How to Introduce Dogs to Each Other
by Pet Qwerks Toys on April 13, 2016
You may want to introduce dogs to each other for varied reasons. Maybe you want to introduce a companion for a dog you already have, maybe you want to give a home to a stray or you just want to experience a different breed than the one you have, such as a small dog in a family with big dogs.
For whatever reason, you need to plan in advance because you might have good intentions but the dogs you want to introduce to each other may have other ideas.
The most important thing to consider is the preferences of the dogs you already own. You know your dogs well and you know what they prefer and what they don’t like. For me, it is my female Rottweiler I have to consider before I introduce any new dog to our family.
She has no problem with males but she really detests females. She also has a tendency to bully smaller dogs, but even then she only bullies the females. I have decided that I would rather not introduce new females into the family because I love Ginger too much, and introducing other females would mean she has to go.
You know your dogs best. What do they prefer? Would they mind having other dogs around or would they rather be the only pets in the house? Do they, like my Ginger, prefer to have a certain type of dog around and not another type? When you answer these questions, decide whether it’s wise to introduce other dogs into the family or to leave things as is.
Where to meet
Once you decide to introduce another dog in the family, you need to look for a neutral ground for the dogs to meet. Meeting on neutral grounds eliminates the feeling that one dog owns the territory while the other one is an intruder.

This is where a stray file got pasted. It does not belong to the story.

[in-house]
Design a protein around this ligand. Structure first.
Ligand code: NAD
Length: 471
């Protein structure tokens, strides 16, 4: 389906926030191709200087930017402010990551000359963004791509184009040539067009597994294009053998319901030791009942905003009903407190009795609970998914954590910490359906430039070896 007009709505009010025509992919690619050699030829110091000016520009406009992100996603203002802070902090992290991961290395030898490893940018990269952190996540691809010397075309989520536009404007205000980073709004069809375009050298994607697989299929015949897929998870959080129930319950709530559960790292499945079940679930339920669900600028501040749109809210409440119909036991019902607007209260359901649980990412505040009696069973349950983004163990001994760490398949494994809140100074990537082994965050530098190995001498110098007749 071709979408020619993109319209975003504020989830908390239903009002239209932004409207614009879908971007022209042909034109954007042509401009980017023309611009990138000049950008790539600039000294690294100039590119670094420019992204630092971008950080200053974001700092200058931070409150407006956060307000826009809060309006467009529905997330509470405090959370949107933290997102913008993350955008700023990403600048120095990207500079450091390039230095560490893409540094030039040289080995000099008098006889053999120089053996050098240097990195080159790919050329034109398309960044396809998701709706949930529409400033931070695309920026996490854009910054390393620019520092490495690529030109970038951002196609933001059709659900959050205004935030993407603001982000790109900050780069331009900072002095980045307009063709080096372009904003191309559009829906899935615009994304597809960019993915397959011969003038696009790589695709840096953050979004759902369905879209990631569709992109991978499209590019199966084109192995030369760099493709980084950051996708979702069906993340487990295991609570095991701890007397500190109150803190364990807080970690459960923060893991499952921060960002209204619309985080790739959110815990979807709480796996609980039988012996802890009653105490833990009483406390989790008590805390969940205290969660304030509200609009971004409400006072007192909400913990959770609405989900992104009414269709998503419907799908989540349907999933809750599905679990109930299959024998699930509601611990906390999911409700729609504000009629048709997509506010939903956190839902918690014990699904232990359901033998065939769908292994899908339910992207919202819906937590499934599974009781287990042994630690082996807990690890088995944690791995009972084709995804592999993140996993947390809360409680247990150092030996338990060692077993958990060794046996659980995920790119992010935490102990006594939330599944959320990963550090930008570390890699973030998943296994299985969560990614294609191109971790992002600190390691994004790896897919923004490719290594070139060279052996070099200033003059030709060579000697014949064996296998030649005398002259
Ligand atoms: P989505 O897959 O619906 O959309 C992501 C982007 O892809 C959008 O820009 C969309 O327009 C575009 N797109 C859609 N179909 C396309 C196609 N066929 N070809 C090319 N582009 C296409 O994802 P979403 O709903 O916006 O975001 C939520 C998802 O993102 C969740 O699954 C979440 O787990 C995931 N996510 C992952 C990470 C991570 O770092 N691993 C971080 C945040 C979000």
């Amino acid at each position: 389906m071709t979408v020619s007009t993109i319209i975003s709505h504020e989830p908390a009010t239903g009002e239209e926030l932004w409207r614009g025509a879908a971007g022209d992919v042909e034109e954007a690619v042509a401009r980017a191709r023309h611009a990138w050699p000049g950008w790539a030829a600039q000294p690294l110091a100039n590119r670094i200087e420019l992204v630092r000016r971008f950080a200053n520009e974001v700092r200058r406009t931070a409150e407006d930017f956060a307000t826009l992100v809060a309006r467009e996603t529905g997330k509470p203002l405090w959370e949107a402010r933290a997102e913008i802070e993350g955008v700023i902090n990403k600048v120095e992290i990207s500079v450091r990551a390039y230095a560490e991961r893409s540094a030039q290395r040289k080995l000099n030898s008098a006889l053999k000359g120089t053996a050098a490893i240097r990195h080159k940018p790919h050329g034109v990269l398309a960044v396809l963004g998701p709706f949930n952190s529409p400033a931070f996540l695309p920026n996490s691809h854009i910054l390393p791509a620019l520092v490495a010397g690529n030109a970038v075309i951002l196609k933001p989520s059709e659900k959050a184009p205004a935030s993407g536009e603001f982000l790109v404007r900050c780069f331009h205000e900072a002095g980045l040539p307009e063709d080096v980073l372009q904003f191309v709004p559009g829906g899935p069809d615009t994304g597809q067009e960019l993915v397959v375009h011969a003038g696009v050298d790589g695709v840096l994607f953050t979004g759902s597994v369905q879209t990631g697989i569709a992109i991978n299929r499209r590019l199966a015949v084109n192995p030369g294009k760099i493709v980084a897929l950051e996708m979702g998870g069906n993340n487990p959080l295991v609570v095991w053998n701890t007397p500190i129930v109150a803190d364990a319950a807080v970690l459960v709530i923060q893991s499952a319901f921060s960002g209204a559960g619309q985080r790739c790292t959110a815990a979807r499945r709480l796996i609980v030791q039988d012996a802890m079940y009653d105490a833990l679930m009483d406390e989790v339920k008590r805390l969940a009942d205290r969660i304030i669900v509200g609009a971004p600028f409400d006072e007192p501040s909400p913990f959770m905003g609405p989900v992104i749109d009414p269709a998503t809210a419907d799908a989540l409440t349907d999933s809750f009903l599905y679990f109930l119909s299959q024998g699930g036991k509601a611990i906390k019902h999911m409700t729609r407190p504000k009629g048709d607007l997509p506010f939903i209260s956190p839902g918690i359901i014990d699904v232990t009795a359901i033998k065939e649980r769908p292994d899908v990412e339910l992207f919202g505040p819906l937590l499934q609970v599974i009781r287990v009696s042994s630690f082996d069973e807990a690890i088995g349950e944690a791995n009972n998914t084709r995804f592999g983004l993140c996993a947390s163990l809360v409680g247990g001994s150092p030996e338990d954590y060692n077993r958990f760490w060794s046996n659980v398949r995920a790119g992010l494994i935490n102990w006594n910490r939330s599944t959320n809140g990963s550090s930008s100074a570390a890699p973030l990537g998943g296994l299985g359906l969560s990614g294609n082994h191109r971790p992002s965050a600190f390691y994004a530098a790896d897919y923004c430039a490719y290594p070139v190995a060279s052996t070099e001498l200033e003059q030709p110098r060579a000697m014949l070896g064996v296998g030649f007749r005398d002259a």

When in such places, it is easier for you to observe signs of aggression and also to notice whether or not the two dogs will get along. If the two dogs stare into each other’s eyes and start growling at each other, you and the other handler can take them around for a walk separately and try introductions again to see if it works the second time.
If on the other hand the two dogs play with their front legs spread out and they take turns chasing, they like each other and they can be taught to live together.
Once you get home, don’t give the new dog stuff that belongs to the other pet such as feeding bowls and toys. You might want to give them time to get to know each other before doing this. You should also not feed them side by side; that might just be pushing it. Your dog is still getting used to having the stranger around so give him time to adjust.
Soon the two may be inseparable but in the meantime, let the dog get used to the idea of having to share everything with the new addition, including your attention.